Are you drowning in a sea of cyber sameness?
- The cybersecurity market has grown 300% from 2018 to 2021.
- Security and IT leaders are overwhelmed by the number of vendors on the market – not helped by the fact that so many look and sound identical
- You need to find ways to stand out and differentiate your cybersecurity brand
- We talk about positioning, the human elements of brand, the importance of consistent branding, distinctive design, and why FUD is dated
Article by founder and director of Shaped By Nick Farrar.
Five ways to set your cybersecurity brand apart
2020 was a good year for cybersecurity start-ups, with a record $8.9bn invested globally. It looked like the grass in the fields of growth couldn’t be greener…until 2021, when that figure shot up again to a staggering $21bn, leading to over a 300% increase in cybersecurity firms on the market since 2018.
No wonder over two-thirds of security and IT leaders said they felt overwhelmed by the sheer amount of vendors. I feel for them because the problem isn’t just the number of companies.
So many cybersecurity brands sound, look and feel virtually identical.
Every vertical has its language, visual traits, and familiar tropes. Occasionally these are important to adhere to. Customers expect it from brands.
But in my opinion, cybersecurity branding has gone too far this way. There are too many categories within it where, if you put each brand side-by-side, you struggle to distinguish one from another.
In any market, that’s a problem. Distinctiveness builds recognition. But it’s an especially big problem in a market as densely crowded as cybersecurity.
The good news? There are ample opportunities for cybersecurity companies to set themselves apart from competitors. Here are five important places to start…
Positioning and messaging
The trap that cybersecurity brands fall into here is one that many B2B tech brands struggle with.
They lead with something like: “We’ve built this great product. Let me tell you what it does. Let me tell you how it works. Let me tell you about all the great companies that use it. And let me do all that using complicated and technical jargon.”
There is a place for this information somewhere within your messaging framework. (Aside from the jargon part.) But the mistake that I often see is cybersecurity firms leading with it front and centre.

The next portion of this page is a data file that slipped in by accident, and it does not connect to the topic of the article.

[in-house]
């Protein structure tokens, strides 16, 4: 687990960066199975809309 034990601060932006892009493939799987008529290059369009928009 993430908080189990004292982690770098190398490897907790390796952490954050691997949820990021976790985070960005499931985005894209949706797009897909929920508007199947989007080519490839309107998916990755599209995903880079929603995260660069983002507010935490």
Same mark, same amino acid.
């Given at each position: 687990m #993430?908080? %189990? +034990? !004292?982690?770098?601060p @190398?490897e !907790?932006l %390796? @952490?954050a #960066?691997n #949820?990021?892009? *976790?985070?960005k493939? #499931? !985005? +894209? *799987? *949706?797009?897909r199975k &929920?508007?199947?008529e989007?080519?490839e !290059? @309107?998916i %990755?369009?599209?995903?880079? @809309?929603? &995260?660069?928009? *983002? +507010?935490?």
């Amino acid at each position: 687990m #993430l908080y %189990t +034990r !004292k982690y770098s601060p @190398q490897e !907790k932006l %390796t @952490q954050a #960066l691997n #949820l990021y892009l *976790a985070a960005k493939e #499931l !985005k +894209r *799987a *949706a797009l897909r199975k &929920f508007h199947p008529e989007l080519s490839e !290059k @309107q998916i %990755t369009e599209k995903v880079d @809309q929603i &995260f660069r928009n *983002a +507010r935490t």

The opportunity to stand out here comes by flipping this approach around, and reverse-engineering this core messaging from your audience’s “why”:
- Why would my audience buy and use this?
- Why would it make their life easier and better?
- Why would they choose it over another product?
- Why does solving this problem really matter to them?
It’s a real opportunity for two reasons. Firstly, the chances are that if your competitors are doing this, they’re doing it rather half-heartedly. They may address the first point above by talking about “eliminating gaps”, “protecting endpoints” or “stopping breaches”. But they rarely take it that stage further by answering the other three.
It’s a real opportunity for two reasons. Firstly, the chances are that if your competitors are doing this, it’s rather half-heartedly. They may address the first point above by talking about “eliminating gaps”, “protecting endpoints” or “stopping breaches”. But they rarely take it that stage further by answering the other three.
Using human stories to cut through
Cybersecurity isn’t about technology – it’s about people. And every vendor or organisation within it has a unique and very human story to tell about the people they help. These stories are often highly inspiring ones of innovation, heroics, and positive impact on the world. But too often they are shouted down by endless foghorns blaring technical buzzwords and product features.
So where’s the best place to start? Your customers. Talking to them, relating to them and being obsessive about the problems you’re helping them to tackle – and the positive impact on them and the people around them.
Then it’s about having the conviction to build your core positioning and messaging around these stories.
Keep your cybersecurity branding consistent
This is a big one. There are so many audience touchpoints, and it’s essential to maintain consistency across all of them. People are very good at tuning out things, and you’ve only got a split second to draw them in or make them pause. While it’s so important to land a message, equally they need to know who it’s from. Consistent visual language is the most effective way to express your brand through design. Colour palettes, image styles, fonts, iconography, logos, and animation.